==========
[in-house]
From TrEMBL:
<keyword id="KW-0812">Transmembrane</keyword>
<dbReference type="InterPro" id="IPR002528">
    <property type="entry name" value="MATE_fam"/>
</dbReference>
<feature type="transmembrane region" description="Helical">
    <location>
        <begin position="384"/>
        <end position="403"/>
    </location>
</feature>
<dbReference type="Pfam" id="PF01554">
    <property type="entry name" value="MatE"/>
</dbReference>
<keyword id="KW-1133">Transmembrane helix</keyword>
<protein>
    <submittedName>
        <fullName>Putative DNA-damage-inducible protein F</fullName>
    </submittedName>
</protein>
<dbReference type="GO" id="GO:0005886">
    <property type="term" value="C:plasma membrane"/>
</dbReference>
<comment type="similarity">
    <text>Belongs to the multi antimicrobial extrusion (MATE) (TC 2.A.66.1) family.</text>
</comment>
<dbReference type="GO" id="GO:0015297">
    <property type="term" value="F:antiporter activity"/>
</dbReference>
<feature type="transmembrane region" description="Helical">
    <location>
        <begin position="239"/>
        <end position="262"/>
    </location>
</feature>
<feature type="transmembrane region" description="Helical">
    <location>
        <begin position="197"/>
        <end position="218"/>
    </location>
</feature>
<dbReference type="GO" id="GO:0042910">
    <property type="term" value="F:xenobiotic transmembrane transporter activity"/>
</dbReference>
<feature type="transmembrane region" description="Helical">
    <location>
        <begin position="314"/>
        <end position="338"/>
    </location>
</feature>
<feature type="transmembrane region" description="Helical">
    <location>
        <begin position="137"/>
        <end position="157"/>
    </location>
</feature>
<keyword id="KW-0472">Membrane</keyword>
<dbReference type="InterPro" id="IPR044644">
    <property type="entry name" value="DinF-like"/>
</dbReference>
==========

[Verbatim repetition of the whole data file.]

[in-house]
From TrEMBL:
<keyword id="KW-0812">Transmembrane</keyword>
<dbReference type="InterPro" id="IPR002528">
    <property type="entry name" value="MATE_fam"/>
</dbReference>
<feature type="transmembrane region" description="Helical">
    <location>
        <begin position="384"/>
        <end position="403"/>
    </location>
</feature>
<dbReference type="Pfam" id="PF01554">
    <property type="entry name" value="MatE"/>
</dbReference>
<keyword id="KW-1133">Transmembrane helix</keyword>
<protein>
    <submittedName>
        <fullName>Putative DNA-damage-inducible protein F</fullName>
    </submittedName>
</protein>
<dbReference type="GO" id="GO:0005886">
    <property type="term" value="C:plasma membrane"/>
</dbReference>
<comment type="similarity">
    <text>Belongs to the multi antimicrobial extrusion (MATE) (TC 2.A.66.1) family.</text>
</comment>
<dbReference type="GO" id="GO:0015297">
    <property type="term" value="F:antiporter activity"/>
</dbReference>
<feature type="transmembrane region" description="Helical">
    <location>
        <begin position="239"/>
        <end position="262"/>
    </location>
</feature>
<feature type="transmembrane region" description="Helical">
    <location>
        <begin position="197"/>
        <end position="218"/>
    </location>
</feature>
<dbReference type="GO" id="GO:0042910">
    <property type="term" value="F:xenobiotic transmembrane transporter activity"/>
</dbReference>
<feature type="transmembrane region" description="Helical">
    <location>
        <begin position="314"/>
        <end position="338"/>
    </location>
</feature>
<feature type="transmembrane region" description="Helical">
    <location>
        <begin position="137"/>
        <end position="157"/>
    </location>
</feature>
<keyword id="KW-0472">Membrane</keyword>
<dbReference type="InterPro" id="IPR044644">
    <property type="entry name" value="DinF-like"/>
</dbReference>